Development Policy Centre staff and associates have used many methods to study Australian government aid.

Richard Moore used qualitative interviews to gauge the impact of AusAID’s integration. Luke Levett Minihan and I undertook website content analysis to assess aid transparency. Matthew Dornan, Sabit Otor and I used project data to examine aid effectiveness. Ashlee Betteridge studied the aid program’s use of communications tools. Our Stakeholder Surveys have tracked changes in aid program performance. And Stephen Howes has systematically investigated problematic parts of the aid program, such as the Innovation Exchange (aka the iXc).

Today we are launching a new report in which, Matt Dornan, Sachini Muller and I have analysed publicly available data on aid flows. (The report has been a long time in the making: Matt and Sachini no longer work at Devpolicy, but are co-authors of the paper, reflecting their earlier work and insights.)

In this blog post I will cover the four key points from the report.

While most donors have become more generous, Australia has become less

Usually, as countries become more affluent they become more generous aid donors. Specifically, as their GDP per capita goes up, countries usually give an increasing share of their GNI as Official Development Assistance (ODA). As a result, most of the countries that were members of the OECD DAC (the OECD’s donor club) in the 1970s are more generous donors now than they were in the early 1970s.

There are exceptions though. Australia is one. In fact, it’s the donor whose ODA/GNI ratio fell the most since the early 1970s. (In the first figure we’ve averaged ODA/GNI across five-year periods and compared the first (1970-74) to the most recent with data (2015-19). As we discuss in the report, there are other ways of making the comparison. Australia came out worst in almost all of them.)

Australia focuses well on gender and women’s empowerment

When donors report to the OECD they state which of their projects are ‘principally’ or ‘significantly’ focused on gender and women’s empowerment. This is self-assessment, and is not perfect, particularly in the case of the ‘significantly focused’ measure. But the ‘principally focused’ measure is good enough to use in comparisons. And when we compared Australia with other donors, Australia performed very well.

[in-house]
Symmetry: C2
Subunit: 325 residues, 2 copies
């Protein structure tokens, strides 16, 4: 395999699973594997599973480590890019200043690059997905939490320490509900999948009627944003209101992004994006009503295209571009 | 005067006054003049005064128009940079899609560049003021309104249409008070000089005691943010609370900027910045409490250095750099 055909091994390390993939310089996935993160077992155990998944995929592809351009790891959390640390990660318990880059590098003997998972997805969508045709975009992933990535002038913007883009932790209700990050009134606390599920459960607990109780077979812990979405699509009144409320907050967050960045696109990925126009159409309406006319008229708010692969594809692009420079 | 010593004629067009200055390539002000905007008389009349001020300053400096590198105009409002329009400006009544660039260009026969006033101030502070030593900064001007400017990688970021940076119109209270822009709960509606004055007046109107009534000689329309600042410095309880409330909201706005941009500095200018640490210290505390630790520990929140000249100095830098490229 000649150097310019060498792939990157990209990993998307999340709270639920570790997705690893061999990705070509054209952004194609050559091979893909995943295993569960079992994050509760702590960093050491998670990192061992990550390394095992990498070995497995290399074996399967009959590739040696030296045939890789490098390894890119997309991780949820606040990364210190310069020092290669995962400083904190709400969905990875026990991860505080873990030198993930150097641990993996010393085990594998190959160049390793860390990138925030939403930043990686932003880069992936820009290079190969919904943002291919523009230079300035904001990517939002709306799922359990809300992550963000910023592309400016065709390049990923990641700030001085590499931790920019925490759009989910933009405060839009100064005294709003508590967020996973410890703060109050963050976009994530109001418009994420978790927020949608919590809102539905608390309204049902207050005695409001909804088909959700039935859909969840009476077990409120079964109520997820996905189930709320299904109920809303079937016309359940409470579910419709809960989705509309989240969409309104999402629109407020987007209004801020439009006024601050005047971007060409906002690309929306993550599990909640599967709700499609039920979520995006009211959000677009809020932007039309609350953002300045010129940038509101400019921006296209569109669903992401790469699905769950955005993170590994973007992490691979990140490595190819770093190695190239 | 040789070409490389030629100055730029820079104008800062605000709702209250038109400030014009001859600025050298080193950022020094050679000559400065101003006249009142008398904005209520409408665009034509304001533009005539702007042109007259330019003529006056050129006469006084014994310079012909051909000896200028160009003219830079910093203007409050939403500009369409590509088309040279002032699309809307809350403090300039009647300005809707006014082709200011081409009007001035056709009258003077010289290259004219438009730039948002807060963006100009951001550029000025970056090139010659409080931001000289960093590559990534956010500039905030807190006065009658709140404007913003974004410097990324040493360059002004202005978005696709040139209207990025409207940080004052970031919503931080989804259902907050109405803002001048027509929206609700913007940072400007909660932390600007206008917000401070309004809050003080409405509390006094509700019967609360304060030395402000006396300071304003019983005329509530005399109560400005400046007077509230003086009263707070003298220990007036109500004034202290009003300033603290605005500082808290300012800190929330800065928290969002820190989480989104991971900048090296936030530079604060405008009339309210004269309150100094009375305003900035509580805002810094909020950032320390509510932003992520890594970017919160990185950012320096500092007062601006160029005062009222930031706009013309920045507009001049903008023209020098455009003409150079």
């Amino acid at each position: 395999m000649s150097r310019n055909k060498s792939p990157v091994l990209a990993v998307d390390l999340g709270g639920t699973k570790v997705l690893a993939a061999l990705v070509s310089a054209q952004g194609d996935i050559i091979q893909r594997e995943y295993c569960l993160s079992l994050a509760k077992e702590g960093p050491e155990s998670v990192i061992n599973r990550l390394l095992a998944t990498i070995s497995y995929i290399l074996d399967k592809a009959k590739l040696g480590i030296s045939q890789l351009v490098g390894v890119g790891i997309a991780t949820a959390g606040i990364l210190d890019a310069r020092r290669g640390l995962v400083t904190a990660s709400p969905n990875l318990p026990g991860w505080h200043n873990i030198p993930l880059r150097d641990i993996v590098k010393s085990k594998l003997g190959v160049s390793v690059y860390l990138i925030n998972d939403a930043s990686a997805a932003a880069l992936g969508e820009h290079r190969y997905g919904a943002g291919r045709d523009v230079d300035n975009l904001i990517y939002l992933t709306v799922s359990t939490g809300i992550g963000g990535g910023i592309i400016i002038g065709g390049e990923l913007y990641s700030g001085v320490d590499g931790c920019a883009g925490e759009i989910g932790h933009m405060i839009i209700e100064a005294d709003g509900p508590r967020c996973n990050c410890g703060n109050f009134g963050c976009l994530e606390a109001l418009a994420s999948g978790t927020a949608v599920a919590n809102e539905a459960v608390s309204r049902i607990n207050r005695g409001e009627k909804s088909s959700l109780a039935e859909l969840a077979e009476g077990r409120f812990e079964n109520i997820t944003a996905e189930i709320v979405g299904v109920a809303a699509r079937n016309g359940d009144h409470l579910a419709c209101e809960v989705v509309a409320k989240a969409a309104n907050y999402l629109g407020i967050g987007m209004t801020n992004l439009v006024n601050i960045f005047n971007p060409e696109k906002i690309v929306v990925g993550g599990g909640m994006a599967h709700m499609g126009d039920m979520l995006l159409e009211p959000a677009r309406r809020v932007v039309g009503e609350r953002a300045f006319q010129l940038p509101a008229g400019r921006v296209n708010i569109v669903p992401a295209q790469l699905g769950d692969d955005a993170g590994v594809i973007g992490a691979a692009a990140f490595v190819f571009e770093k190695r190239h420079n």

Usually in the report we used multi-year averages to prevent findings from being driven by idiosyncratic years, but owing to (legitimate) changes in Australia’s reporting practices in 2018 we did not do this for gender. The same changes make comparisons over time difficult, but Australia’s gender focus has clearly improved since 2004, presumably because of the emphasis Julie Bishop placed on the issue.

Australia is not doing enough to help Pacific countries with climate change adaptation

Wealthy countries and major greenhouse gas emitters need to do one thing above all to help developing countries: reduce emissions. But, unfortunately, even if we do this, some climate change is already on its way. And this climate change is likely to pose major challenges to developing countries in the Pacific. Donors need to focus some of their aid to the region on helping countries adapt to climate change. The extent to which Australian aid is primarily and significantly focused on climate change adaptation in the Pacific is shown in the next figure, which is, once again, based on Australia’s reporting to the OECD.

At first glance the figure looks encouraging. The share of Australian aid targeted as significant for climate change adaptation is going up. Yet, as with gender, the significant marker is problematic. The aid program is committed to mainstreaming climate change adaptation into its work. This is commendable, and no doubt is the source of some of the rise in the significant indicator. But when I examined Australia’s 2018 Pacific projects tagged as having a significant focus on climate change adaptation, the three largest were all to do with governance and included one on macroeconomic policy in Papua New Guinea. Maybe climate change adaptation was considered as the work was designed. But this type of work should not be confused with aid focused on directly helping countries adapt to climate change. Such work is best captured by the principal marker. As you can see, it has fallen since 2011 and is currently at about 1%. Australia needs to do more to help Pacific countries adapt to climate change.

Australia doesn’t fragment aid too much across recipients

Generally, donors should avoid fragmenting aid across too many countries. Less fragmentation ought to mean lower overheads and greater expertise about the countries donors focus on. Australia, as we show in the report, gives some aid to almost every eligible recipient country on earth, but mostly it gives small amounts. The bulk of Australia’s aid is focused on a few large recipients (Papua New Guinea, Indonesia and Solomon Islands). As a result, when we compared Australia to other donors using a standard measure of fragmentation (the Herfindahl–Hirschman Index) we found Australia performed well.

There’s a lot more in the report: we look at sectors and where Australia gives its aid; we also look at aid volatility and project fragmentation. We’ve placed most of our data online too in a ZIP file.

Data on aid flows won’t reveal everything important about aid. Other approaches are needed. But analysing aid flows provides vital clues in the puzzle of understanding donor performance.

You can read the full report and the executive summary through hyperlinks available on this story at devpolicy.org

Terence Wood is a Research Fellow at the Development Policy Centre. His research focuses on political governance in Western Melanesia, and Australian and New Zealand aid.

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